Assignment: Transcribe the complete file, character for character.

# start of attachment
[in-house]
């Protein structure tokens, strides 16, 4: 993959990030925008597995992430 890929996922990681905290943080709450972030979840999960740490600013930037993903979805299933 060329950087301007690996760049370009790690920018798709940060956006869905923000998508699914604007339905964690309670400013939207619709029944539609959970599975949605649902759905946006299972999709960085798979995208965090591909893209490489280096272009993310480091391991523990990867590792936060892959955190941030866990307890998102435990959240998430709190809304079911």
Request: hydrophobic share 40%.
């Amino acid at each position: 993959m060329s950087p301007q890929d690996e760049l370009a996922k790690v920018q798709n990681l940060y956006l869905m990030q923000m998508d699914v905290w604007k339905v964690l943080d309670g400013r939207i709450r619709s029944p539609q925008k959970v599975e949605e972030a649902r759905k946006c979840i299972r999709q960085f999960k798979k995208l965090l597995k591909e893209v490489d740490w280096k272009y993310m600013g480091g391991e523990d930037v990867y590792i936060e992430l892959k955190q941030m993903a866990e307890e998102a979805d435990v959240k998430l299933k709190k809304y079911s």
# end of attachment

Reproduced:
[in-house]
């Protein structure tokens, strides 16, 4: 993959990030925008597995992430 890929996922990681905290943080709450972030979840999960740490600013930037993903979805299933 060329950087301007690996760049370009790690920018798709940060956006869905923000998508699914604007339905964690309670400013939207619709029944539609959970599975949605649902759905946006299972999709960085798979995208965090591909893209490489280096272009993310480091391991523990990867590792936060892959955190941030866990307890998102435990959240998430709190809304079911």
Request: hydrophobic share 40%.
């Amino acid at each position: 993959m060329s950087p301007q890929d690996e760049l370009a996922k790690v920018q798709n990681l940060y956006l869905m990030q923000m998508d699914v905290w604007k339905v964690l943080d309670g400013r939207i709450r619709s029944p539609q925008k959970v599975e949605e972030a649902r759905k946006c979840i299972r999709q960085f999960k798979k995208l965090l597995k591909e893209v490489d740490w280096k272009y993310m600013g480091g391991e523990d930037v990867y590792i936060e992430l892959k955190q941030m993903a866990e307890e998102a979805d435990v959240k998430l299933k709190k809304y079911s």